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Appreciating Tender Buttons

Karren Alenier

How does one appreciate Tender Buttons, Gertrude Stein's most mysterious work? Is appreciation the same thing as understanding?


The Steiny Road Poet (a.k.a. Karren Alenier) and her publisher The Word Works has announced a trio of books forthcoming in 2022 through 2024 that will help readers curious about Tender Buttons gain access to what seems to be Stein's most impenetrable work.


Tender Buttons, published in 1914, was a one-of-a-kind masterpiece by Gertrude Stein. It is a book-length poem divided in three sections—OBJECTS, FOOD, ROOMS—and may be a love poem and  the marriage contract between Gertrude Stein and her life-long partner Alice Babette Toklas.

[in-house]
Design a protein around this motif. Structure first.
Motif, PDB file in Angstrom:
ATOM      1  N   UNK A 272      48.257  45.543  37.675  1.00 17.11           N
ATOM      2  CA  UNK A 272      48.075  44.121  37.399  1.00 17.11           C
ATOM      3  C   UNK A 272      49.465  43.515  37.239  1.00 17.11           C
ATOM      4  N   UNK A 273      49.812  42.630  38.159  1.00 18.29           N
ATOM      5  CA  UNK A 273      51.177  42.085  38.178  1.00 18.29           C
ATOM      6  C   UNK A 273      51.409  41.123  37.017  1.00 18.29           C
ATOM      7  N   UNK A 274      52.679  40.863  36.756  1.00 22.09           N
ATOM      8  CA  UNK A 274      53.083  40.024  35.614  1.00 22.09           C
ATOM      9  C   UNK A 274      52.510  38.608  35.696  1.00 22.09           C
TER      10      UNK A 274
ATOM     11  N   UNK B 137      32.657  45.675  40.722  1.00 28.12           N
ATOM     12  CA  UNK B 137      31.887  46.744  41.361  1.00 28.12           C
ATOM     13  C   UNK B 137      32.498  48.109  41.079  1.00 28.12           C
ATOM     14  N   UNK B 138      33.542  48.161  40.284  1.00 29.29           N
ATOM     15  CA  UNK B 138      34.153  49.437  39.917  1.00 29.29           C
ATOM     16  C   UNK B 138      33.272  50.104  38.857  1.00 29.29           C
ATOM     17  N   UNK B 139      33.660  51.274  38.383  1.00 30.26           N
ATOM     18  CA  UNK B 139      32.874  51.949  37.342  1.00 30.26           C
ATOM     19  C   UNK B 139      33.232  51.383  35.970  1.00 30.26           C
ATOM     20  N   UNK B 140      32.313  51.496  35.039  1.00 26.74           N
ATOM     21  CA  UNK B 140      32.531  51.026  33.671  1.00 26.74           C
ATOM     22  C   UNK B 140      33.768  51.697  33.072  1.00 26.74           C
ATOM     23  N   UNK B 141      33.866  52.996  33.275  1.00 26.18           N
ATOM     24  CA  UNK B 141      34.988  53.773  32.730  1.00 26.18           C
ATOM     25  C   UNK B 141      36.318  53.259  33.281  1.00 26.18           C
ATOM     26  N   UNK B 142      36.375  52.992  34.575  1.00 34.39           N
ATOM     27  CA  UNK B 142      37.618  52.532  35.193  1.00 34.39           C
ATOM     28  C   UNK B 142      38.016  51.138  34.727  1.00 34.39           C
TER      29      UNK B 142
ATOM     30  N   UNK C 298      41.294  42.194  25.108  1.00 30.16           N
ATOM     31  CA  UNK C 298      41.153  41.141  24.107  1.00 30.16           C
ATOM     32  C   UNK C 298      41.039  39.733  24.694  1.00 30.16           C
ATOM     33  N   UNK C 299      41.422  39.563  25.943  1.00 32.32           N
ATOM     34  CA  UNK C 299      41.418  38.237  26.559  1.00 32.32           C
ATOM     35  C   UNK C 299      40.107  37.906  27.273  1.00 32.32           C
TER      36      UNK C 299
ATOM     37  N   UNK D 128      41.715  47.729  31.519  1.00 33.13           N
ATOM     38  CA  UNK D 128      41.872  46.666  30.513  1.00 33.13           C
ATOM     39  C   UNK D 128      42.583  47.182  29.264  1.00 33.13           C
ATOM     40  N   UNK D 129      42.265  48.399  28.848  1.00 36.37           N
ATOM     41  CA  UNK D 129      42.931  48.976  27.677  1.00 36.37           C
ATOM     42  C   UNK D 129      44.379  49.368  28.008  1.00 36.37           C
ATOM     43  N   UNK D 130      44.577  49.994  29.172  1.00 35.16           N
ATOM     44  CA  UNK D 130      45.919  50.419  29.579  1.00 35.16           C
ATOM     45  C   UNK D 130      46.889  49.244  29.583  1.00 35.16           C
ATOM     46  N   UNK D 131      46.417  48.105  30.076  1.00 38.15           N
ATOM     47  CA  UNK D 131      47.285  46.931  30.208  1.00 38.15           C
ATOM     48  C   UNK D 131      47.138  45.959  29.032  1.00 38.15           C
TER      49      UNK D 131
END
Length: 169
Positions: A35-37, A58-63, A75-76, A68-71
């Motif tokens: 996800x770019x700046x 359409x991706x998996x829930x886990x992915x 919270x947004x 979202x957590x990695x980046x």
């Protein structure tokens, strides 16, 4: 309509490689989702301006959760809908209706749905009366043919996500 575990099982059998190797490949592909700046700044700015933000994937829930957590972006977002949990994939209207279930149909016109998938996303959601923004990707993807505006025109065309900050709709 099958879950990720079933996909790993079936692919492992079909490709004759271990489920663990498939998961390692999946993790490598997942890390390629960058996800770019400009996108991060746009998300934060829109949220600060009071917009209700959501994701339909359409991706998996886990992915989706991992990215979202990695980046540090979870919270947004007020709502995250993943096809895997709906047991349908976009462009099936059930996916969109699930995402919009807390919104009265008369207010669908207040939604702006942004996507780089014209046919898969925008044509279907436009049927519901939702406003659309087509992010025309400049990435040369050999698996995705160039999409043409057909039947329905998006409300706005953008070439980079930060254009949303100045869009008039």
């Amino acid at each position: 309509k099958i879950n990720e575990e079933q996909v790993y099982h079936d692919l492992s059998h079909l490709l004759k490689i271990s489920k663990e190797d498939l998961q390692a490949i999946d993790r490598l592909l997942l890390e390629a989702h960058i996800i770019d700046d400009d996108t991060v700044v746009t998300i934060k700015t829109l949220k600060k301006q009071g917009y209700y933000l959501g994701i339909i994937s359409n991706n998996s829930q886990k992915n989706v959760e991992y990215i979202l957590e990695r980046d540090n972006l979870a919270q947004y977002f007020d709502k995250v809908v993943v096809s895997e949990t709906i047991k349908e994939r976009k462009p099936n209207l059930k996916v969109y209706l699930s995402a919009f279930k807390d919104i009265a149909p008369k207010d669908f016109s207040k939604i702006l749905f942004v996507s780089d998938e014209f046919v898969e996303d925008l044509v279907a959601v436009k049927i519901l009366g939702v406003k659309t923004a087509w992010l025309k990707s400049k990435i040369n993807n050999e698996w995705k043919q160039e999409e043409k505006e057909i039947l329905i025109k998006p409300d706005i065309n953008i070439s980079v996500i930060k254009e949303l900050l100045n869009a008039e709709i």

If so, the agreement was that, as a clandestine married couple, their offspring would be books conceived by Stein. This is one way of looking at Tender Buttons.


In Alenier's project, the first book, Appreciating Tender Buttons: An Invitation to Play Volume I,  will contain the 58 subpoems of the Tender Buttons "Objects" and a poem written in response by Karren Alenier or by one of 36 poets who were invited to participate. Leading the invitation to play, Karren Alenier has contributed over 1/3 of the poems in this volume. Two appendices written by Alenier offer ways to enter Stein's most difficult poem and to invoke the Steinian muse. This collection is a study in the creative impulse.